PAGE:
It was on this day in 1862 that the newly formed National Labor Union called upon Congress for the first time to establish the eight-hour work day. The United States had been a country mostly of farmers until the early 1800's, and farmers based their working hours on the season, and the number of hours of sunlight they had each day. It was only after American workers began moving to the cities to take factory jobs that they began to demand more regulated working schedules. Many workers were forced to work between ten and sixteen hours a day, six days a week, with no paid holidays or vacations.

The slogan for the movement to get an 8-hour workday was "8 Hours Labor, 8 Hours Recreation, 8 Hours Rest." There were huge demonstrations and labor strikes throughout the 1870s and the 1880s in support of the eight hour workday. 100,000 workers went on strike in New York City to get the eight hour workday in 1872. In 1886, 80,000 people marched down Michigan Avenue in support of the eight hour workday in Chicago. That same year, 350,000 workers went on strike nationwide in support of the same cause. But after a strike led to violence at the McCormick Reaper Manufacturing Company, and the subsequent Haymarket Square Riot, the government chose to suppress labor activism, rounding up labor leaders and arresting them.

It wasn't a labor leader who helped bring the eight-hour work day into the mainstream. It was Henry Ford. When most other factory owners had their employees working more than fifty hours a week, Henry Ford mandated that his employees work only five eight-hour days a week, because he believed that employees with a little time on their hands would be better consumers, and therefore better for business.

The eight-hour workday didn't become federal law until 1933, when Congress enacted the National Industrial Recovery Act, which provided for the establishment of maximum hours, minimum wages, and the right to collective bargaining. Then, with the Fair Labor Standards Act of 1938, American workers were guaranteed overtime pay for hours worked above 40 per week.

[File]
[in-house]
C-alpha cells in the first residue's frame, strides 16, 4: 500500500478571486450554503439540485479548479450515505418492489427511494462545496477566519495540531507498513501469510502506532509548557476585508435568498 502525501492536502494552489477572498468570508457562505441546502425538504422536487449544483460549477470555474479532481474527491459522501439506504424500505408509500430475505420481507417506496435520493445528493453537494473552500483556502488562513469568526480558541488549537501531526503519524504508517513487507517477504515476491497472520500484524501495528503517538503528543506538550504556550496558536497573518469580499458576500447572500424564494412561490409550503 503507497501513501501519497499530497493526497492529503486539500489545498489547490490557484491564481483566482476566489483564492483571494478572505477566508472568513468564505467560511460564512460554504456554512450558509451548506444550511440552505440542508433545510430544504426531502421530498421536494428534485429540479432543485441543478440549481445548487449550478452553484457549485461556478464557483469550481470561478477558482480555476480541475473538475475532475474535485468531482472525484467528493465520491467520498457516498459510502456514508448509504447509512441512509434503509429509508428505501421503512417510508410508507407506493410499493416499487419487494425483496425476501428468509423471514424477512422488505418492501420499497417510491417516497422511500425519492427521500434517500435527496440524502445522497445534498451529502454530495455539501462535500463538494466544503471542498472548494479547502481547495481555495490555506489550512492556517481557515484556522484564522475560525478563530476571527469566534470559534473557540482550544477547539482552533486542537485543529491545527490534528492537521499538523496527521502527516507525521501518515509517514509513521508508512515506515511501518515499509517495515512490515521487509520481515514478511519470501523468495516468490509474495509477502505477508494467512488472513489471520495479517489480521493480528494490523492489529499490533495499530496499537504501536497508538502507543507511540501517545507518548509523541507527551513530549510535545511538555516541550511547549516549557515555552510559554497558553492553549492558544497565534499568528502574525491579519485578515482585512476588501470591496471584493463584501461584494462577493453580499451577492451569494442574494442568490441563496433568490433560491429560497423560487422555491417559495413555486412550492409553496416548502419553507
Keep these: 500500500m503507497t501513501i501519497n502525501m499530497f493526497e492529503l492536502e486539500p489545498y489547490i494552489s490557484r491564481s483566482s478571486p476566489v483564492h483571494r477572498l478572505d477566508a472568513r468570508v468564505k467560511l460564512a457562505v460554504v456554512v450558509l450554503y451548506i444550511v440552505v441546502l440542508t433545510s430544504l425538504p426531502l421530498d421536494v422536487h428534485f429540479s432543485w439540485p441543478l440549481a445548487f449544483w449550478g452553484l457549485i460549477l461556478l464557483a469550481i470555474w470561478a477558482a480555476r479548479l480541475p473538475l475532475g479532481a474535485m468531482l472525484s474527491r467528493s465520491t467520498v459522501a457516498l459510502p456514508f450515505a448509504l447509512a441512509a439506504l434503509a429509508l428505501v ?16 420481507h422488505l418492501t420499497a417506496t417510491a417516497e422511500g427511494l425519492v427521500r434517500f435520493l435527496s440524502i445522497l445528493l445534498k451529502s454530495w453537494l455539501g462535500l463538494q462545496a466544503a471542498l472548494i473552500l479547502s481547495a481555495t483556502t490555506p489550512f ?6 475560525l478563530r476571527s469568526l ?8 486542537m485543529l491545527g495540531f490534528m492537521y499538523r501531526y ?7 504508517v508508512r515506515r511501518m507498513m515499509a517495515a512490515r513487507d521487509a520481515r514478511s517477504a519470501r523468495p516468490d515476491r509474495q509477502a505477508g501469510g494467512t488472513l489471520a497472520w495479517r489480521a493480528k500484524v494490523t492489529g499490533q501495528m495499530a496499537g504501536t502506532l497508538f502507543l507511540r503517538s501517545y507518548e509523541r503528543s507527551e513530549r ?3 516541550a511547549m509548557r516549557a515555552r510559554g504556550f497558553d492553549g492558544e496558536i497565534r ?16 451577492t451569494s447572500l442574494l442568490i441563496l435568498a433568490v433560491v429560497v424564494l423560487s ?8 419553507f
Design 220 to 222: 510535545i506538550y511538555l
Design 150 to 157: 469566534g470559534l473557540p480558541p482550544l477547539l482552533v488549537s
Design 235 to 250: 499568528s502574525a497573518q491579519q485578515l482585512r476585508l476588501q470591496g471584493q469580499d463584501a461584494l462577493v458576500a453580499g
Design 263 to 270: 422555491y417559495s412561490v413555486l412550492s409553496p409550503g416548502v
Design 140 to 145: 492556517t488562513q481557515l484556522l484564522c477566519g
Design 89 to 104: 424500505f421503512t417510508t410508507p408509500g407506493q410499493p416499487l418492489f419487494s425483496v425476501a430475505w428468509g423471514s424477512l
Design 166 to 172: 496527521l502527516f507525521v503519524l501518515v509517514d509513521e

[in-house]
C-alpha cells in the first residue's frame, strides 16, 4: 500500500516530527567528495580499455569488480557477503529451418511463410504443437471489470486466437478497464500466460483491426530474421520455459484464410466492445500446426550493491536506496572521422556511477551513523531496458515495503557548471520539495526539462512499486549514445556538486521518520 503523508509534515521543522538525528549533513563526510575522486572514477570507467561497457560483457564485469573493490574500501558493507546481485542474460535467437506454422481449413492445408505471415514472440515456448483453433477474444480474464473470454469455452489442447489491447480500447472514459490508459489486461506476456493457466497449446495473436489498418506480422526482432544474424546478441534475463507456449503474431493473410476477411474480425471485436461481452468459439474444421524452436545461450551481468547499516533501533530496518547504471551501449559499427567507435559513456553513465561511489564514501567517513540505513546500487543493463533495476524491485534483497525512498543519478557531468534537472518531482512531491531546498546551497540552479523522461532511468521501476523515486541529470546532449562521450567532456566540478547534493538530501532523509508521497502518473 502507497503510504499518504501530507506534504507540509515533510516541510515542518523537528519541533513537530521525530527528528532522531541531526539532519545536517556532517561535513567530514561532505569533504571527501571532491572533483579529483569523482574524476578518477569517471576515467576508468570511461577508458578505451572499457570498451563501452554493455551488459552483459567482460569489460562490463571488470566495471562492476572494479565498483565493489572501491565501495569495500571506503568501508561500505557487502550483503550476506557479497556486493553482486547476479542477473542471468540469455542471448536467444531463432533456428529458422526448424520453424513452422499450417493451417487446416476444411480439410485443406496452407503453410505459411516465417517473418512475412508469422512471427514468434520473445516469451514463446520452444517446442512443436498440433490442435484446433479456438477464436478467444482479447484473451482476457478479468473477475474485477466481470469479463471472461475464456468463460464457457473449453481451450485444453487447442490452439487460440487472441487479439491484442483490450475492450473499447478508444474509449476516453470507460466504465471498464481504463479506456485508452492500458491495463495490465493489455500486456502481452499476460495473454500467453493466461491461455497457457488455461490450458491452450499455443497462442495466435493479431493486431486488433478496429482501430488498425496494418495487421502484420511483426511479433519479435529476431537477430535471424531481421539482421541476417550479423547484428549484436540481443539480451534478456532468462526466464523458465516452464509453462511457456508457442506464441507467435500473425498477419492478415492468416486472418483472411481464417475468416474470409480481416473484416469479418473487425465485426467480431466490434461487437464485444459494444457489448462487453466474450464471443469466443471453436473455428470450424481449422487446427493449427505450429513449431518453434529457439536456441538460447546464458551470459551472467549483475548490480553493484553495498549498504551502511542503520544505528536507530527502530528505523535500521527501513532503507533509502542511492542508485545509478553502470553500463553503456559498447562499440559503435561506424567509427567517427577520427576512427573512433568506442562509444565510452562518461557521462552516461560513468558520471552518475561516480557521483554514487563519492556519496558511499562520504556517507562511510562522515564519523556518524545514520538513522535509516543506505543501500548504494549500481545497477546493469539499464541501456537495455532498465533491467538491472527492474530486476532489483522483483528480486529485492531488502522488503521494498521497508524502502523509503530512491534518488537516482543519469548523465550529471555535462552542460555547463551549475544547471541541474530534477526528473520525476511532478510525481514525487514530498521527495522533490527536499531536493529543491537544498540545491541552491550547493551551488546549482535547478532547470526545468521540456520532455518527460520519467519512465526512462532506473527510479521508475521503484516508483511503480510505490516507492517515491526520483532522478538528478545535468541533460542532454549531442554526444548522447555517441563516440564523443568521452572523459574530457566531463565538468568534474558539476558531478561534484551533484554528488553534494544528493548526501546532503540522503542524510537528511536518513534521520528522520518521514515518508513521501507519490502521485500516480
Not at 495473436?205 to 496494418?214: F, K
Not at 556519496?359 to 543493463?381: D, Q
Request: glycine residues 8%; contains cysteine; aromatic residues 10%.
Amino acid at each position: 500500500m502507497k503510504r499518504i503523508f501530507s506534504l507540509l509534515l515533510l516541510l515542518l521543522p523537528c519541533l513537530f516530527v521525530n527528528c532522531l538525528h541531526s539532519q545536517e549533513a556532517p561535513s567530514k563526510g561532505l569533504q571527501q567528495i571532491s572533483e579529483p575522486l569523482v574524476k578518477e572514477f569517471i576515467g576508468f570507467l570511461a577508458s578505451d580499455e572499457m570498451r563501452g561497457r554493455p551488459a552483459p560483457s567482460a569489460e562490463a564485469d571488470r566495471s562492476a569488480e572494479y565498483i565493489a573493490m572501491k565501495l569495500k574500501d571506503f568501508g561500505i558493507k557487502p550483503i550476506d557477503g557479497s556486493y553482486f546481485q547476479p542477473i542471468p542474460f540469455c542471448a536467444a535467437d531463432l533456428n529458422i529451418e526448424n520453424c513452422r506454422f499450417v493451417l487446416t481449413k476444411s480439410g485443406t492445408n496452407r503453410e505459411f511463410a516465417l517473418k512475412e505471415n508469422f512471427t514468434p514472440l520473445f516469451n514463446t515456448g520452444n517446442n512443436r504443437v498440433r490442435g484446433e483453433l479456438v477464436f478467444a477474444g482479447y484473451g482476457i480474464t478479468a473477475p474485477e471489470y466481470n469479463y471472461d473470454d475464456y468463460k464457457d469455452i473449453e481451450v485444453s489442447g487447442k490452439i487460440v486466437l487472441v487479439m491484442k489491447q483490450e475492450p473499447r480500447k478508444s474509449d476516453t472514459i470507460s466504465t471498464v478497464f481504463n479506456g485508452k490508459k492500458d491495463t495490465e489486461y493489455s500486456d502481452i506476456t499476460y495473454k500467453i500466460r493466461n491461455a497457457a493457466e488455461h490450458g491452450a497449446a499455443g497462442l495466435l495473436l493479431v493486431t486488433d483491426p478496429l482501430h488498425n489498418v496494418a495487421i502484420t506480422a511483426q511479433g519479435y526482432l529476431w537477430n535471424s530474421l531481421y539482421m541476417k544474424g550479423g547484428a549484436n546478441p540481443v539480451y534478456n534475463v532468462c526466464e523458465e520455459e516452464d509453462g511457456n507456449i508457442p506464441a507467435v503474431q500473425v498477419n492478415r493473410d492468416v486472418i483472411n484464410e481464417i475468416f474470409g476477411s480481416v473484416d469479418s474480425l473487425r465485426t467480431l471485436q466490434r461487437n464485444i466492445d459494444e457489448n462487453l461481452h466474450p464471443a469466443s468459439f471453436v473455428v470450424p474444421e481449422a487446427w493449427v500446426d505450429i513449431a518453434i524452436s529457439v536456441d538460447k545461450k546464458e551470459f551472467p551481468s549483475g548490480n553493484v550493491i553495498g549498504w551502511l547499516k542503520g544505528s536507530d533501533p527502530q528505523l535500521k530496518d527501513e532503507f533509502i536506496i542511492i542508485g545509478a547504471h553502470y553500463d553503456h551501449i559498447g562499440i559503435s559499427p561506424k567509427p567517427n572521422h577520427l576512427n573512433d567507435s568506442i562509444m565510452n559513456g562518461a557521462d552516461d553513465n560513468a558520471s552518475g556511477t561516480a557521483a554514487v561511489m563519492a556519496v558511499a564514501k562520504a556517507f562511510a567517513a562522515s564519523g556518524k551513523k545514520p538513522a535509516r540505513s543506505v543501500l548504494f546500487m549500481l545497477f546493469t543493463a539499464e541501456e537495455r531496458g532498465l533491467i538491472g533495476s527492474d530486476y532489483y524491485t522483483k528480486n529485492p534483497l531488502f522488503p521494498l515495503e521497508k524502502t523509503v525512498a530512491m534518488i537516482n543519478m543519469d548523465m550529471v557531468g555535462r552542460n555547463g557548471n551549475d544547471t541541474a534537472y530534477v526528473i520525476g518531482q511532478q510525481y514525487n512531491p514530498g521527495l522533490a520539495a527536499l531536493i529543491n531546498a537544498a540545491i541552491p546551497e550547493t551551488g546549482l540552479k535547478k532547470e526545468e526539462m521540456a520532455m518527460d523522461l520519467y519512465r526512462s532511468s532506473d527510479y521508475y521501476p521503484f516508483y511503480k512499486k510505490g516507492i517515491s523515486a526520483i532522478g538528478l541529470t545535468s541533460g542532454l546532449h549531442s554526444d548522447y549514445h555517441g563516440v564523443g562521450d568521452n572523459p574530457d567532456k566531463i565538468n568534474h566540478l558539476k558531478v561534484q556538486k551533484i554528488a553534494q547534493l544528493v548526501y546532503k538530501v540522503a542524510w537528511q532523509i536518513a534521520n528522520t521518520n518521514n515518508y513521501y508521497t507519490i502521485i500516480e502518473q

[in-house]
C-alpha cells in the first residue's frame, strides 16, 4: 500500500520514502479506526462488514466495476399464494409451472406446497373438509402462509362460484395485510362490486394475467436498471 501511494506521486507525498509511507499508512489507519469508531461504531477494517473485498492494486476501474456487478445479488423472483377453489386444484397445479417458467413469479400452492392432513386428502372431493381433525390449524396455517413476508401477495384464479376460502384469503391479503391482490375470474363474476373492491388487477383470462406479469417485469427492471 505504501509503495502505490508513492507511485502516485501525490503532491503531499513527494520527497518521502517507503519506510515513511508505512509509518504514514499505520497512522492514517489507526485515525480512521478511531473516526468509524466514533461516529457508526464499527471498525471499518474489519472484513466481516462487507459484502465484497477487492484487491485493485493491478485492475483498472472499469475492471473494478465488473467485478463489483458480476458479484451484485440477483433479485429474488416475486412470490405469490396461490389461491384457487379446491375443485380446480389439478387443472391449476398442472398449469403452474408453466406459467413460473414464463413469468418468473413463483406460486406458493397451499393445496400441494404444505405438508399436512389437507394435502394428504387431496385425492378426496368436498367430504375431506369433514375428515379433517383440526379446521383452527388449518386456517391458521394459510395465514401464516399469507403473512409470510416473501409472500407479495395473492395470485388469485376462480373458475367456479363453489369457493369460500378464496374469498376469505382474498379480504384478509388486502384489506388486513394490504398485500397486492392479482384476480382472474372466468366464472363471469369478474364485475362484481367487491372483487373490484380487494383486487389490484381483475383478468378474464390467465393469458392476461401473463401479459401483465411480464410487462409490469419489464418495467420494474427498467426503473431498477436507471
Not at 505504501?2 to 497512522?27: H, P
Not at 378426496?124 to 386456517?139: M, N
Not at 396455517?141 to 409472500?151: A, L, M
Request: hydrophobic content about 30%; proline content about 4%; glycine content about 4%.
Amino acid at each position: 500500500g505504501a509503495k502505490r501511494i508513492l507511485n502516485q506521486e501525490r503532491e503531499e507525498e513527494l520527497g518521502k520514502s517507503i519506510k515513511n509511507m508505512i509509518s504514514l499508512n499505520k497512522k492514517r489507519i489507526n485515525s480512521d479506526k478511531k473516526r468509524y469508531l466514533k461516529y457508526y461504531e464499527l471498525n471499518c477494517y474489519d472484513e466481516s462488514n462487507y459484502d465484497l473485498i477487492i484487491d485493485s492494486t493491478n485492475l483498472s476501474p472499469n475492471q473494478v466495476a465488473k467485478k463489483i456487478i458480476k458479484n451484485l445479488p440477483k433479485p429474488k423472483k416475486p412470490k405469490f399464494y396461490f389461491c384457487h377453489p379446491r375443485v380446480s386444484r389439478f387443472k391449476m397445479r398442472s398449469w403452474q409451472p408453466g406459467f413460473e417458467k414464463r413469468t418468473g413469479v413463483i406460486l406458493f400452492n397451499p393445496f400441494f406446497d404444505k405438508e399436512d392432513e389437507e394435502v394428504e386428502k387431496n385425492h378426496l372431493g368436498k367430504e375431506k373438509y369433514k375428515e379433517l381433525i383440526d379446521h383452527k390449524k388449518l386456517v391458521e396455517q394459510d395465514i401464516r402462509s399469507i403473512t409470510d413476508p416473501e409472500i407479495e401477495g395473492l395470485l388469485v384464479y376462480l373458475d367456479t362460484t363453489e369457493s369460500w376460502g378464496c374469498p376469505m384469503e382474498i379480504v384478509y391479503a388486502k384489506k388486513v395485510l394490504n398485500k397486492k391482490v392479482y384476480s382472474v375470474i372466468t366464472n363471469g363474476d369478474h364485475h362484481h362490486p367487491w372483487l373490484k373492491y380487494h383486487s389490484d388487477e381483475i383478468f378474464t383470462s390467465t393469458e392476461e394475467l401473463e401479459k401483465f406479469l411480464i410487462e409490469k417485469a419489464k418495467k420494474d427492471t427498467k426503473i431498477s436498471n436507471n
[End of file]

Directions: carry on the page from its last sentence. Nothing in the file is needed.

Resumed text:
At the time those laws were passed, most sociologists predicted that Americans would work steadily fewer and fewer hours. But in fact, the opposite has happened. Today, more than 25 million Americans work more than 49 hours each week. And 11 million spend 60 hours or more at work each week. Americans also take fewer vacation days than employees in any other industrialized nation.


http://mail.publicradio.org/site/R?i=Syt7pwnV7LdUbsgG9NFxMA..



Friday, August 19, 2005

The pioneers of a warless world are the youth that refuse military service. ~Albert Einstein

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Our only hope today lies in our ability to recapture the revolutionary spirit and go into a sometimes hostile world declaring eternal hostility to poverty, racism, and militarism. ~Martin Luther King, Jr.

Unfortunately, in seeing ourselves as we truly are, not all that we see is beautiful and attractive. This is undoubtedly part of the reason we flee silence. We do not want to be confronted with our hypocrisy, our phoniness. We see how false and fragile is the false self we project. We have to go through this painful experience to come to our true self.

It is a harrowing journey, a death to self—the false self—and no one wants to die. But it is the only path to life, to freedom, to peace, to true love. And it begins with silence. We cannot give ourselves in love if we do not know and possess ourselves. This is the great value of silence. It is the pathway to all we truly want.


~M. Basil Pennington

Wednesday, August 17, 2005

Letter From an Iraq Vet

by Sgt. John Bruhns

[Following is a letter by Army Sgt. John Bruhns, excerpts of which were read on the floor of the U.S. House of Representatives by Rep. Marcy Kaptur (D-Ohio) on July 19, 2005.]